Throughout the past eight months, the Nevada National Guard has been activated to help with the state's response to COVID-19 by building and coordinating testing sites.
Nevada’s National Guard is comprised of civilians who all have regular day jobs, but when duty calls, they drop everything to serve.
One of those individuals is Tech Sergeant Mackenzie Perovich. She is currently in charge of the medical personnel at the COVID testing site at Cashman Field.
The testing is performed by U.S. Army medics but the site is coordinated by the Nevada National Guard.
"I'm making sure I'm taking accountability for them every single day, even when the site closed," she said, "Also I'm a liaison between them and our leadership and if they have any family issues or any issues going on with their lives or they need time off work or scheduling problems they come to me about that."
Perovich said all the staff at the site is monitored for coronavirus symptoms. If they do show symptoms, they are immediately tested and sent home until the test results come back or into quarantine if they test positive
However, she said there have been very few cases from the testing site because of how serious everyone is taking it and the extensive protective equipment they are wearing.
During her civilian life, Perovich works for a brokerage firm in Las Vegas, but since April her job has been at the testing site. She doesn't have medical training, but they needed someone with leadership training to operate the site, which she does have.
Perovich has been with the guard for 10 years and just recently re-signed for another six years of service. Even though the work and training can be difficult, she hasn't had any trouble balancing life, work and her guard duties.
"I love it," she said, "I like the training that we get and I like the fact that I can kind of have one foot in the military side of things and then one foot in the civilian side of things."
Officially, the Nevada National Guard deployment for the pandemic ends at the end of the year, but Pervich believes it is likely to be extended to help with a vaccination program when it launches.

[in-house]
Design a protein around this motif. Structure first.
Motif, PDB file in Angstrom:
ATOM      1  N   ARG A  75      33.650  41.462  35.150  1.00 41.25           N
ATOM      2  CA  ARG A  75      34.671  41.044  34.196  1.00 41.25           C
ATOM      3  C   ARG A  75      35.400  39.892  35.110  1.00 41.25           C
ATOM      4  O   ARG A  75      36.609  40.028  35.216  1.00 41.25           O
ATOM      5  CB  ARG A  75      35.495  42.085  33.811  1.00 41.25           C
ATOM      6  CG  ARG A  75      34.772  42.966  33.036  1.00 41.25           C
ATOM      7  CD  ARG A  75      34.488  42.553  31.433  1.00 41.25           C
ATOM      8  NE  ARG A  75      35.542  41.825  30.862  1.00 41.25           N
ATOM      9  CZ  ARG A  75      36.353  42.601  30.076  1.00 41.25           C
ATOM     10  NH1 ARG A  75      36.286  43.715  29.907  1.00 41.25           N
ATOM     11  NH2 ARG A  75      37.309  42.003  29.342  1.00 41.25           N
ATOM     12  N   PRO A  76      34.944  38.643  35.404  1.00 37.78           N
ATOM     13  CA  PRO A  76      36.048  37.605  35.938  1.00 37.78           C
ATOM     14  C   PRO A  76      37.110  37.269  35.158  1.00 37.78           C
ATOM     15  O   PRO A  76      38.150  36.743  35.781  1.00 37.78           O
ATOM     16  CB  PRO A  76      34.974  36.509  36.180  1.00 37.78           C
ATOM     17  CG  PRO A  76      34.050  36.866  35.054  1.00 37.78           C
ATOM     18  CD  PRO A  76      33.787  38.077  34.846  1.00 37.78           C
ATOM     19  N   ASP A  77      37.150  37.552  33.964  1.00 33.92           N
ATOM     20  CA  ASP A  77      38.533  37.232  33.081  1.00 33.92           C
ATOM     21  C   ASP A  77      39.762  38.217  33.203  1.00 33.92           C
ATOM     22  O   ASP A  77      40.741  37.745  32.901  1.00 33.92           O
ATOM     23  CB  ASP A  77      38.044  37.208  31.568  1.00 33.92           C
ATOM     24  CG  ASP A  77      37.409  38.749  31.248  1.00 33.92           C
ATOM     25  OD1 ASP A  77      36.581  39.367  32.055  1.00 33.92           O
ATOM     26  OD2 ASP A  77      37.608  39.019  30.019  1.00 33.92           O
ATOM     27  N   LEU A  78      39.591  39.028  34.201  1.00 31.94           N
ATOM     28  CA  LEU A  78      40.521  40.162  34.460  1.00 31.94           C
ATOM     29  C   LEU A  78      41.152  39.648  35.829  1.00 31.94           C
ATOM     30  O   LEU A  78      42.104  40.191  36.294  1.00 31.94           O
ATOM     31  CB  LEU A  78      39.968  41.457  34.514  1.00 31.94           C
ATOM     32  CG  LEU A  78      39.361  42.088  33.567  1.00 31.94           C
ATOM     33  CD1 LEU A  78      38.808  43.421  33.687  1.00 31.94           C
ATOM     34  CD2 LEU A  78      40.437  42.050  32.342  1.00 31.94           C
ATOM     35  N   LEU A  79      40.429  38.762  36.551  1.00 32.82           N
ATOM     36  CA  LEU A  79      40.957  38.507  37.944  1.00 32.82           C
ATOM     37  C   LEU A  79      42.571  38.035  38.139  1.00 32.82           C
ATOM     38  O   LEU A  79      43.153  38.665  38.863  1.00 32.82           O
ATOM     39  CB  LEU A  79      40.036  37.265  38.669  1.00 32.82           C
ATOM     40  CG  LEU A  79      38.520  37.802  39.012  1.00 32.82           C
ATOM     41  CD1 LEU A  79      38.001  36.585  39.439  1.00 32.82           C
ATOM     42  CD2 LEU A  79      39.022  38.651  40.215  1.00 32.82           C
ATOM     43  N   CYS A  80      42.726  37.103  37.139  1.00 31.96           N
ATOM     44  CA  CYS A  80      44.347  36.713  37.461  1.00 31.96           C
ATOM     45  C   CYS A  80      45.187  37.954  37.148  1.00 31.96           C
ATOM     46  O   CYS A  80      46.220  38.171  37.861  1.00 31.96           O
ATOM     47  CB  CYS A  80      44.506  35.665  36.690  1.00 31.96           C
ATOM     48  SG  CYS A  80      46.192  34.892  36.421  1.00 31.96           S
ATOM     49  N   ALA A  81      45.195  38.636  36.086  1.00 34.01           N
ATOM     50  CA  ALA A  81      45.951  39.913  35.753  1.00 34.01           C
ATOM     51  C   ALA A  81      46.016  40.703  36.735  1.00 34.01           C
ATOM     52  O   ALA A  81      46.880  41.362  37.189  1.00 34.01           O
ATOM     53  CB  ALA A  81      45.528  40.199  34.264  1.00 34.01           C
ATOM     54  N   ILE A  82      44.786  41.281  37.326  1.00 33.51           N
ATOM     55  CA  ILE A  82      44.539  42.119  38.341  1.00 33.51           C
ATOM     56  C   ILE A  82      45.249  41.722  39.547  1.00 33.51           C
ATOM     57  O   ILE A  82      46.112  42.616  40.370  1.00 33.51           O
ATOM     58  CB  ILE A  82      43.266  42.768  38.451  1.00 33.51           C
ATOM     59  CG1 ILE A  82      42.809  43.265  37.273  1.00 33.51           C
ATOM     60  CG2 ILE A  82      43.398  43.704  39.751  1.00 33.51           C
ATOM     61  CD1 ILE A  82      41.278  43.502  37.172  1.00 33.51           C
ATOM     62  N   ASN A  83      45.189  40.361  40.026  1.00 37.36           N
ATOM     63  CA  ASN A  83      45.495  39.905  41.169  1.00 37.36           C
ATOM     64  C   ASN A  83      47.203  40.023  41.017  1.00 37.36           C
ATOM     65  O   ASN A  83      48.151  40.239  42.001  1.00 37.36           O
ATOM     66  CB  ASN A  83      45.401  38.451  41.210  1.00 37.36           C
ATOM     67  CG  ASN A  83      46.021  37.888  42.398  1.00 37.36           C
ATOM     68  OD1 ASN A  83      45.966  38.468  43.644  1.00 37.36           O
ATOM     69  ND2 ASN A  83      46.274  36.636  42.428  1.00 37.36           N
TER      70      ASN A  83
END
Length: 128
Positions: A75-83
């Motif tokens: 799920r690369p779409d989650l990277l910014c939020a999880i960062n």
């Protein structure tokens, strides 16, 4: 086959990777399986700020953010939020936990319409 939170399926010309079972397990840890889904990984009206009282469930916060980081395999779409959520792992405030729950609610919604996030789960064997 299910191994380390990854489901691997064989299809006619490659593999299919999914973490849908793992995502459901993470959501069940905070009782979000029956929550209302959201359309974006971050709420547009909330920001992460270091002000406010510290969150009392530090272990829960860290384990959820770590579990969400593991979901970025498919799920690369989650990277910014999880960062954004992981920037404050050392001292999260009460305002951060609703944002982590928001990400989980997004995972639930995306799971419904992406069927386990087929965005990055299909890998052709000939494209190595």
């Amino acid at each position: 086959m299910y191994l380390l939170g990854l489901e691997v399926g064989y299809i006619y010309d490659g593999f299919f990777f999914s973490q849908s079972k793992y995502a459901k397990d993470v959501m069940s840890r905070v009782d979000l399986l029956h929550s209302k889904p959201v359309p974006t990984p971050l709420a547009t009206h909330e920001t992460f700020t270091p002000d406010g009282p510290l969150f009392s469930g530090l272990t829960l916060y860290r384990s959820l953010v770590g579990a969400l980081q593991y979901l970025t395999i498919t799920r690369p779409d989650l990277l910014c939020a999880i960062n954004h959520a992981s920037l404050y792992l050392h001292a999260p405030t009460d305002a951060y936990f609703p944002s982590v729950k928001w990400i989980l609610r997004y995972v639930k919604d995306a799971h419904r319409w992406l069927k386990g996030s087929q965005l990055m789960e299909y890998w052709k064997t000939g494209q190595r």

Helping with the state's coronavirus response has been the main focus for the Nevada National Guard this year, but it is not the only way it has been used.
Over the summer, guardsmen were deployed to help local law enforcement during the Black Lives Matter protests.
Staff Sergeant Yardell Bass is trained as a military police officer. He was deployed to those protests and found most protesters were happy to see him.
"They were thanking us for being out there," he said, "Just to help out and just to make sure that everyone was safe, and in case anything got out of control, we were there to help try to keep things to a minimum."
Now, Bass is working at the Cashman Field testing site. He works to guide people through the process, point them in the right direction and address any issues that guardsmen at the site might have.
"I feel like I'm another civilian helping out," Bass said, "The only time I feel like I'm actually in the military is when we have to deal with military issues like before we start the day or at the end of the day."
Tech Sgt. Perovich agrees. She doesn't see herself as a member of the military but as a person just stepping in for her community.
"When I'm out and about on the site, I feel like somebody that lives in Las Vegas and that has been given the opportunity to help my fellow community," she said.
As the guard's mission has gone from weeks to months, Perovich said she is starting to see people get burned out, but she tries to remind them of the bigger picture and that they are helping the community in a time of great need.
Tech Sergeant Mackenzie Perovich, director of medical personnel, Nevada Air National Guard; Staff Sergeant Yardell Bass, Army National Guard